It doesn’t take a retail thought leader to identify the past year as a period of unusual turbulence and distress for the retail industry. Over the past twelve months, several formerly vital retailers (e.g., The Limited, Sports Authority) have vanished from the American retail scene.
Ominously, the trend only appears to be increasing in the early months of 2017. On a daily basis, news headlines seem to bring reports revealing a fresh set of store closings across the department store (Macy’s, JC Penney) and specialty store (Abercrombie & Fitch, BCBG) landscape.
Unsurprisingly, the retail bloodletting of the past year has been a subject of acute deliberation amongst industry writers and bloggers. A whole host of causes have been cited for the poor performance of these once viable retailers, including the threat of Amazon, changing customer demographics, and a proliferation of online and social media shopping. While it is true that each of those threats played some role in reshaping of the retail shopping landscape, it is also possible that some of the recent market instability might be traced back to the way store success – or failure – is evaluated. By this, I specifically mean through the lens of same-store sales.
I recently spent some time reflecting on how the use of this seemingly benign indicator of retail productivity might negatively impact retail strategic decision making. A decade ago, store expansion was seen as the chief means to pursue top line growth objectives. In order to illustrate the impact of store growth on overall revenue, retailers began to regularly compare current sales against prior years. While it could be argued that the use of the metric may have led to the over-stored situation today, overall the use of same-store sales made sense in the context of the times.
Which brings us to today. With the role of stores in a state of transformation, I find myself increasingly skeptical about the overreliance on “same-store sales” to measure modern store performance. This is an important concern, as the question of how to measure store performance lies at the heart of what might be the most important issue facing omnichannel retailers: how to ensure the ongoing viability of the brick and mortar store model.
We all know that ecommerce sales are growing at impressive levels. According to Smart Insights, online shopping increased by 45% in 2016. Impressive growth rates for ecommerce are expected to rise year over year. However, according to government statistics, online sales still only account for 10% of sales, and stores will continue to produce the most significant portion of overall sales, even with the projected online growth.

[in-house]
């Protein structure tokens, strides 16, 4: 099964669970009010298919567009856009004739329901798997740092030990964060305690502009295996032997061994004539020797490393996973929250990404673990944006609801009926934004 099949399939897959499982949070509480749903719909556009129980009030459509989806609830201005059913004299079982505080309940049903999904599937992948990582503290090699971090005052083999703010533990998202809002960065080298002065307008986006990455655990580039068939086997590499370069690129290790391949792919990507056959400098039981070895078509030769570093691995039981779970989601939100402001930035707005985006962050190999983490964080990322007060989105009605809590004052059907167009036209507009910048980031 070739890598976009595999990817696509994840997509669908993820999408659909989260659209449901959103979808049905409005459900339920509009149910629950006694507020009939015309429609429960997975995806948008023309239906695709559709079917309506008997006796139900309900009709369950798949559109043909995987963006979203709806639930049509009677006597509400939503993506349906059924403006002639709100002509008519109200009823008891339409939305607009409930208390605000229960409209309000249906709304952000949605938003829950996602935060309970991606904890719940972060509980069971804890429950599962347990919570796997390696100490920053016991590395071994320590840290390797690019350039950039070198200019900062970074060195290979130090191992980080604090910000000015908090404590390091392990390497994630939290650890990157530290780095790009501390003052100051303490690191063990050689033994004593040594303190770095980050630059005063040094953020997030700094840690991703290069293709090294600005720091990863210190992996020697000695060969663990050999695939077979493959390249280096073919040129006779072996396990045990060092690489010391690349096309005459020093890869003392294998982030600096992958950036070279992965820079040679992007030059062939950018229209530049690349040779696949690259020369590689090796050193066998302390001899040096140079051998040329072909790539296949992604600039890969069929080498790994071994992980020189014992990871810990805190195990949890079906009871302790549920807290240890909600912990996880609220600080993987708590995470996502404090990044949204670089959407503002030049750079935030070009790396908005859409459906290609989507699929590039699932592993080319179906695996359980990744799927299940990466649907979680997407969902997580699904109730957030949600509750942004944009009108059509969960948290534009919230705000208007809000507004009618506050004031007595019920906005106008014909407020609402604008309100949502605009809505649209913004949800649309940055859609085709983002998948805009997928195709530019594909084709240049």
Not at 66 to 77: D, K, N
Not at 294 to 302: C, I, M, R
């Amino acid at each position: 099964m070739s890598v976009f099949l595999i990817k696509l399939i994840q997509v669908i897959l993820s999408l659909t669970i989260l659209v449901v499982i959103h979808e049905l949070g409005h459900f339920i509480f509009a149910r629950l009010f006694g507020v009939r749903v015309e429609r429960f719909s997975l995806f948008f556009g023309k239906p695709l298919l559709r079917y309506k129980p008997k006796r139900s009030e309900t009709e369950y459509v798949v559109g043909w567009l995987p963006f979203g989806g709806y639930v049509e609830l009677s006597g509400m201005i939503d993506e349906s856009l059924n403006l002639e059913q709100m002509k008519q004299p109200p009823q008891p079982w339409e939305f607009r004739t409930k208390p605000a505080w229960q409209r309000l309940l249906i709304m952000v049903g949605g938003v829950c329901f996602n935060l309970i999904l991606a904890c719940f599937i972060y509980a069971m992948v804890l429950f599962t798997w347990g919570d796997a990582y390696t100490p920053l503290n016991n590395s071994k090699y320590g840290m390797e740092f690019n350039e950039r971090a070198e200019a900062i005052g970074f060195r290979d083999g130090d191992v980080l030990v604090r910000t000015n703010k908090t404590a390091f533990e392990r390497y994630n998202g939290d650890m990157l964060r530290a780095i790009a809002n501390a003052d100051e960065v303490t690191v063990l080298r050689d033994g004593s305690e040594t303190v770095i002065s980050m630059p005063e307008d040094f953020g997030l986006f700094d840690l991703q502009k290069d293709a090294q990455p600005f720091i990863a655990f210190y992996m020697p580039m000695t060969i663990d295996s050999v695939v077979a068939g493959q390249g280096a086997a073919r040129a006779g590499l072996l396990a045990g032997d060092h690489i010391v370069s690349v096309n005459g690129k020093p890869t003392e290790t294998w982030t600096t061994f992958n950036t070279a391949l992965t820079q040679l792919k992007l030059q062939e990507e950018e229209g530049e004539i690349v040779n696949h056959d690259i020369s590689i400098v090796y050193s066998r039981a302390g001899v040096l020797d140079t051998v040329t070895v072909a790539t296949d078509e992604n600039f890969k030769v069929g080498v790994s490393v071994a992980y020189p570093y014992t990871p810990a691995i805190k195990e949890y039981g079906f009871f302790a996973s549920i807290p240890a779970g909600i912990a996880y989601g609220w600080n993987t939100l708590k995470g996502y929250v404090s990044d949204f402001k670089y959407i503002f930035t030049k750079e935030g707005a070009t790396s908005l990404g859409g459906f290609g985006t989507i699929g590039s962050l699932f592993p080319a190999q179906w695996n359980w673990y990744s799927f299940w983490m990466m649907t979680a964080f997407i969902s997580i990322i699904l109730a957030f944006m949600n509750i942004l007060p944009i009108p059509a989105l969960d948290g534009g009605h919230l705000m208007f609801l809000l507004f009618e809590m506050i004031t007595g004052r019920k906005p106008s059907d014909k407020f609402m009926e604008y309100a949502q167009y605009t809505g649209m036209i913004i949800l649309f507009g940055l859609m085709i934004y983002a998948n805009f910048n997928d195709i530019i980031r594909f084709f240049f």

But stores can’t stay the same. Omnichannel shopping has become the new norm. Customers are now accustomed to navigating between devices, desktops and in-store visits to finalize their purchase. The actual buy transaction can occur at any point along the way, with sales success dependent upon the retailer’s overall relevance, as well as the effective utilization of the retailer’s physical store.
Retailers have been learning that online sales increase in zip codes in which there is a physical store presence. Recently, JC Penney CEO stated that their stores impact 75% of online orders. “Ship from store”, “buy online” and “pickup at store” are all key online services expected by today’s shoppers. Beyond the final transaction, stores are evolving to become critical contributors to the overall execution of the digital experience.
However, physical stores cannot exist simply to support digital sales. Stores must themselves be reshaped to cater in a more compelling manner to the modern consumer. According to Smart Insight research, 89% of retail executives believe that the overall customer experience now serves as the key competitive differentiator.
Retailers hoping to compete can no longer simply lay out merchandise “high and wide” and expect that shoppers will come or buy. Proactive strategies to enhance the in-store customer experience are essential. As one example, in-store technologies should grow in importance as a way to help attract and retain customers who increasingly expect retailers to “know and get me”. Stores must also continue to play an active role by supporting loyalty and rewards programs instrumental to maintaining market share.
Stores will continue to play an essential role in any omnichannel strategy hoping to win the heart and soul of the shopper. At the same time, success in the new world of omnichannel (which by design is more data dependent) is also predicated upon being able to correctly assess store value, and react accordingly. Retailers who are able to successfully harmonize and measure the customer experience across channels are going to be those most likely to survive and win.
The store will continue to be about sales, but it won’t be the same sales.